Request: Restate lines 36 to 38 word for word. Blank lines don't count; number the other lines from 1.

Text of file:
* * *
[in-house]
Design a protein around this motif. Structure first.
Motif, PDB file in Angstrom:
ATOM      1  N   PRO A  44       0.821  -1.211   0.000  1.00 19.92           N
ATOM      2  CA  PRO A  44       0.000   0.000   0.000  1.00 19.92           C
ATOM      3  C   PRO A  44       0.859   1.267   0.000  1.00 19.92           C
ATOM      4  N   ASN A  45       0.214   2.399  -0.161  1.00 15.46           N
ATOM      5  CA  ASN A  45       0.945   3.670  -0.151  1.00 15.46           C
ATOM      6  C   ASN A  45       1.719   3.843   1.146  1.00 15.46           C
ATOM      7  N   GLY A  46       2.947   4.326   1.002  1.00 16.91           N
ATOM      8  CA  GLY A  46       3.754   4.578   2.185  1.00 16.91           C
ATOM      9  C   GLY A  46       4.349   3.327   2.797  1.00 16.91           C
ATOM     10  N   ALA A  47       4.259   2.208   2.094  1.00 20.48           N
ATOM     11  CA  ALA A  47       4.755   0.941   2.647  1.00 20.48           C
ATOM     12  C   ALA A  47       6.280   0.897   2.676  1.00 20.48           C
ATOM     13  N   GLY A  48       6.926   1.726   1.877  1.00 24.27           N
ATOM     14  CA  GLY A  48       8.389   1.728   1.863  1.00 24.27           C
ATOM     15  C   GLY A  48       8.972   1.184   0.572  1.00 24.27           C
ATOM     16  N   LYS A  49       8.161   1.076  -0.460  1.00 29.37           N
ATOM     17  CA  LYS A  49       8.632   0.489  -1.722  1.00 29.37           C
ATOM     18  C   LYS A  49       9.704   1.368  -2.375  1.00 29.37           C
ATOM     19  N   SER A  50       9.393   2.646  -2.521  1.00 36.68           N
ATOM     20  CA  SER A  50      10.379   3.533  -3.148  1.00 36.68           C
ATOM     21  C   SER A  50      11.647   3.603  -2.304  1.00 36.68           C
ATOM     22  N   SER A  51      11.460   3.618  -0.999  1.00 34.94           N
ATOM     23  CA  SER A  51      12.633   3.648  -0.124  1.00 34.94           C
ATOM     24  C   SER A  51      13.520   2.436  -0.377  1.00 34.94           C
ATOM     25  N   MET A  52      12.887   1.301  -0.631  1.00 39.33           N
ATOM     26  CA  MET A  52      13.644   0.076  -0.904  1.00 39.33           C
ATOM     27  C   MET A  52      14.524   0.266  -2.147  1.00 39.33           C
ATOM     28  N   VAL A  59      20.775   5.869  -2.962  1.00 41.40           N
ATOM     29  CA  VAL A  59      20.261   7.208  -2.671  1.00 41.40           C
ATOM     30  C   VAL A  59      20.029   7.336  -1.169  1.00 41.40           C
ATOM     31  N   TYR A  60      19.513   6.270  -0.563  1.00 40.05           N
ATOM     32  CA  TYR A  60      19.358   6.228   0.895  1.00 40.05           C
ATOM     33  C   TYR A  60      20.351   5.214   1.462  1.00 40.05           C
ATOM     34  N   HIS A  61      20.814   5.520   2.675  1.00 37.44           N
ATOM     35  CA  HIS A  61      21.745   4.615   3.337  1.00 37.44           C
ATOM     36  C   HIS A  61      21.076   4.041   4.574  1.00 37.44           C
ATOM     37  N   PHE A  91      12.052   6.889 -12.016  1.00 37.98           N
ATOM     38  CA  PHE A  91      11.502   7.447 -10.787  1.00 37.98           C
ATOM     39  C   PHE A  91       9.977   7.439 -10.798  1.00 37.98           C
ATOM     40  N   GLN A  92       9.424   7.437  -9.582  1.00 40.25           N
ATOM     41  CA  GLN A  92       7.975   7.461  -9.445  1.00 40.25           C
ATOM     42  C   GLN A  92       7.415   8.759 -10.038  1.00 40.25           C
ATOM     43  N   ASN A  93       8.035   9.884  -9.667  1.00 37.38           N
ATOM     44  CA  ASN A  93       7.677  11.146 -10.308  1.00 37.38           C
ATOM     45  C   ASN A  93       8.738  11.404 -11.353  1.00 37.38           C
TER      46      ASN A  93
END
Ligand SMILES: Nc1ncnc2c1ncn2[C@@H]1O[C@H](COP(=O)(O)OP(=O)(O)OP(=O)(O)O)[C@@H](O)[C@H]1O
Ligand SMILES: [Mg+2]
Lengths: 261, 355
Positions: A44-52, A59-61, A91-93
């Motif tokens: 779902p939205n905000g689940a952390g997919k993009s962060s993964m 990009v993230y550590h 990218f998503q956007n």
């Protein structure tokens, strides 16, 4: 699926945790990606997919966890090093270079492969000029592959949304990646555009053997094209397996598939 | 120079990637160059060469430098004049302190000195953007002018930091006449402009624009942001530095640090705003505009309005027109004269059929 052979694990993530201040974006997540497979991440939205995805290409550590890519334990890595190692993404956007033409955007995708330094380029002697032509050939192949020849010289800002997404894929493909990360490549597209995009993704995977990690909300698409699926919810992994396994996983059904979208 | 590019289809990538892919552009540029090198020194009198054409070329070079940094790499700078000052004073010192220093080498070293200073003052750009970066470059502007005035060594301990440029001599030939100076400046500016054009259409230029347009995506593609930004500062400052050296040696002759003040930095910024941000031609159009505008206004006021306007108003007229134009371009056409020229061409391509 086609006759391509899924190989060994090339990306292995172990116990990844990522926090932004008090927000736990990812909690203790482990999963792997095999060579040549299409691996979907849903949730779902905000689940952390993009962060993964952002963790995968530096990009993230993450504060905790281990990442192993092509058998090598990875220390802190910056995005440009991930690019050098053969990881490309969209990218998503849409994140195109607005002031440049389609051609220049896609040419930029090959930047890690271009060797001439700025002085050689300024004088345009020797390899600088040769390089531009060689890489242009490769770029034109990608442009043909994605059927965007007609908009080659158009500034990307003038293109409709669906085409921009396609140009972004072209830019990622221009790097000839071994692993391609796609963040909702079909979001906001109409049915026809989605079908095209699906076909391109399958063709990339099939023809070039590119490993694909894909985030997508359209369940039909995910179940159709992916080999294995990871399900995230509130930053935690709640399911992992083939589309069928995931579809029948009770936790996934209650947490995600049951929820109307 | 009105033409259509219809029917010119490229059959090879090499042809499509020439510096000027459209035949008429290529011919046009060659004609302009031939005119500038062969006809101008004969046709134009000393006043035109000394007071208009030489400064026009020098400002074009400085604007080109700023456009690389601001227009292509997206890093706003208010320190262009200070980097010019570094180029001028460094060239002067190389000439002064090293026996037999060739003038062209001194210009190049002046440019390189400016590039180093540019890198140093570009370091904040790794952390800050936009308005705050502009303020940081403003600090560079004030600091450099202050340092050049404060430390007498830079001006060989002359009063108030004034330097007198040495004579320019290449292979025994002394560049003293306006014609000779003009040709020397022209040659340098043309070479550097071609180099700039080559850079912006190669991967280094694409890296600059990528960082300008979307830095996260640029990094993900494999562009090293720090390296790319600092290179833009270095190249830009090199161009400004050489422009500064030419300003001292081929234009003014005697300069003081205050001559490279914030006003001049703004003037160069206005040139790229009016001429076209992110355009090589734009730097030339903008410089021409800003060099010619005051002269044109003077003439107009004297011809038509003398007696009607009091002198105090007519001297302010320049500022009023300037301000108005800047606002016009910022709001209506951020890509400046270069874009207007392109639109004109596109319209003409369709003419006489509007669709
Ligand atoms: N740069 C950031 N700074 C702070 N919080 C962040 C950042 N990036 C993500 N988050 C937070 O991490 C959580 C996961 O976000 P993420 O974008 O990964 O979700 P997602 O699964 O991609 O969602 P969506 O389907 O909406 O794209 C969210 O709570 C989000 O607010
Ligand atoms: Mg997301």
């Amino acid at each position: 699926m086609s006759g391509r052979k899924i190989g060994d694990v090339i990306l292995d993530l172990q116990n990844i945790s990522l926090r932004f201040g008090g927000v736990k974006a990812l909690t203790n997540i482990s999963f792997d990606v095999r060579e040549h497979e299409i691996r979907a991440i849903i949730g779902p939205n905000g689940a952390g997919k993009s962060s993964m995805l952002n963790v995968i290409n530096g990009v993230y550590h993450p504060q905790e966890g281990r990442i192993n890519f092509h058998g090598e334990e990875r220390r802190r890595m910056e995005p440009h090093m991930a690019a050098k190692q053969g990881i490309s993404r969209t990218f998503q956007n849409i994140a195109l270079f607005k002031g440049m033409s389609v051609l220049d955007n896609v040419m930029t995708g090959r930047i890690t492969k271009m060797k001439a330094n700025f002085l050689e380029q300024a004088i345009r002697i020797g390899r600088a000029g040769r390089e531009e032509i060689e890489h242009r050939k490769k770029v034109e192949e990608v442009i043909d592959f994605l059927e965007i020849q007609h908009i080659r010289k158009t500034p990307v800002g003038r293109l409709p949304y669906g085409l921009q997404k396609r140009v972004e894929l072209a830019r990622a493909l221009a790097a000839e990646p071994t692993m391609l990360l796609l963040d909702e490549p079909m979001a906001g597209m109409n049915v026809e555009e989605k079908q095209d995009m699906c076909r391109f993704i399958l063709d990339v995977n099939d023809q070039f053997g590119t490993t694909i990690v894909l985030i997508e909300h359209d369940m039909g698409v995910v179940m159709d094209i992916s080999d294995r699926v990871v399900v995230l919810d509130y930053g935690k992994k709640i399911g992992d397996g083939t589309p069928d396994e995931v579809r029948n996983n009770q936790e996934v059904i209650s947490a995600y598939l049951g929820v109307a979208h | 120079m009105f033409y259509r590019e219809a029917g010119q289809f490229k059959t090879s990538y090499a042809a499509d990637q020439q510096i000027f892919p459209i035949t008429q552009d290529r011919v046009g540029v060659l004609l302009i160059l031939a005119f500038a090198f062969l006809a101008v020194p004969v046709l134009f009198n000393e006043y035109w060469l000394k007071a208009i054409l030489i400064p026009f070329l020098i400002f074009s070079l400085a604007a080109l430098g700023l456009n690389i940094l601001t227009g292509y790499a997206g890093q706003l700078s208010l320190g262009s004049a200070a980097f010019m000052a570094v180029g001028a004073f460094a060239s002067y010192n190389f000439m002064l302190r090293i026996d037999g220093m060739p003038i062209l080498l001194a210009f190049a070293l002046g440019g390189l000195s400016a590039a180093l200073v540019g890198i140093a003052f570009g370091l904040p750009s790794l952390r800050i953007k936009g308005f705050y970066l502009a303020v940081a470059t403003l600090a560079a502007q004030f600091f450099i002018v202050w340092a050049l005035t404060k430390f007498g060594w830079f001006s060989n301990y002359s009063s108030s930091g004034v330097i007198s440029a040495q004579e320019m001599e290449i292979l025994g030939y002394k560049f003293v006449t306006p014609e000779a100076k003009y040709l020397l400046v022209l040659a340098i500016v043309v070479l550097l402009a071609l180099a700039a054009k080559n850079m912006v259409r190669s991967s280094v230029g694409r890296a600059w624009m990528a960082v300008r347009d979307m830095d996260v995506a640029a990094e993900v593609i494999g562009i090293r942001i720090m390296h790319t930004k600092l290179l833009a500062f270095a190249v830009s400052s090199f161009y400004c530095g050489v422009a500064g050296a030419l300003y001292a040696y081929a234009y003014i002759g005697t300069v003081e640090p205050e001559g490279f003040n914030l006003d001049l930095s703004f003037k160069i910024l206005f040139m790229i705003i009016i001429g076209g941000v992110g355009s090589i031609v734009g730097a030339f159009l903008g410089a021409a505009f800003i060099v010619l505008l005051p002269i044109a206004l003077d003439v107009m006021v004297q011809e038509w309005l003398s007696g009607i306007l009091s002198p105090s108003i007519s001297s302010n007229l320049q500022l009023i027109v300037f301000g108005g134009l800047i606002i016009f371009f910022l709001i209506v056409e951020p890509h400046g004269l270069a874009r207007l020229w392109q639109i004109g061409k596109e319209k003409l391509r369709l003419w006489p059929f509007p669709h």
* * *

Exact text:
ATOM     33  C   TYR A  60      20.351   5.214   1.462  1.00 40.05           C
ATOM     34  N   HIS A  61      20.814   5.520   2.675  1.00 37.44           N
ATOM     35  CA  HIS A  61      21.745   4.615   3.337  1.00 37.44           C